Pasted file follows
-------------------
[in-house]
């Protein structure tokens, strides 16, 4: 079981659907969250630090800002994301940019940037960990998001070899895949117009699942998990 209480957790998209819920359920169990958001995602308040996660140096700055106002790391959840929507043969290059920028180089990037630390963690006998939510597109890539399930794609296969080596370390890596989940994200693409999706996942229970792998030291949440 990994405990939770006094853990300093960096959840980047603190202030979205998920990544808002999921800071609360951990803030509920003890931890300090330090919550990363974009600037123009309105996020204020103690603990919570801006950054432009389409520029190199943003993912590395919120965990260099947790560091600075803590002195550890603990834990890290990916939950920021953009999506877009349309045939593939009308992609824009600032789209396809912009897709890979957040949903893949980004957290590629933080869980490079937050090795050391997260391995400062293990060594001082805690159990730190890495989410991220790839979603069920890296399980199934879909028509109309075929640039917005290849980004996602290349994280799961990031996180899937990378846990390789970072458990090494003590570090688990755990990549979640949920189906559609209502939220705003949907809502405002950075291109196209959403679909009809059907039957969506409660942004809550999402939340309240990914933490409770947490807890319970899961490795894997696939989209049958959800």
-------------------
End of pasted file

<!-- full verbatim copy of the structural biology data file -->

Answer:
[in-house]
């Protein structure tokens, strides 16, 4: 079981659907969250630090800002994301940019940037960990998001070899895949117009699942998990 209480957790998209819920359920169990958001995602308040996660140096700055106002790391959840929507043969290059920028180089990037630390963690006998939510597109890539399930794609296969080596370390890596989940994200693409999706996942229970792998030291949440 990994405990939770006094853990300093960096959840980047603190202030979205998920990544808002999921800071609360951990803030509920003890931890300090330090919550990363974009600037123009309105996020204020103690603990919570801006950054432009389409520029190199943003993912590395919120965990260099947790560091600075803590002195550890603990834990890290990916939950920021953009999506877009349309045939593939009308992609824009600032789209396809912009897709890979957040949903893949980004957290590629933080869980490079937050090795050391997260391995400062293990060594001082805690159990730190890495989410991220790839979603069920890296399980199934879909028509109309075929640039917005290849980004996602290349994280799961990031996180899937990378846990390789970072458990090494003590570090688990755990990549979640949920189906559609209502939220705003949907809502405002950075291109196209959403679909009809059907039957969506409660942004809550999402939340309240990914933490409770947490807890319970899961490795894997696939989209049958959800």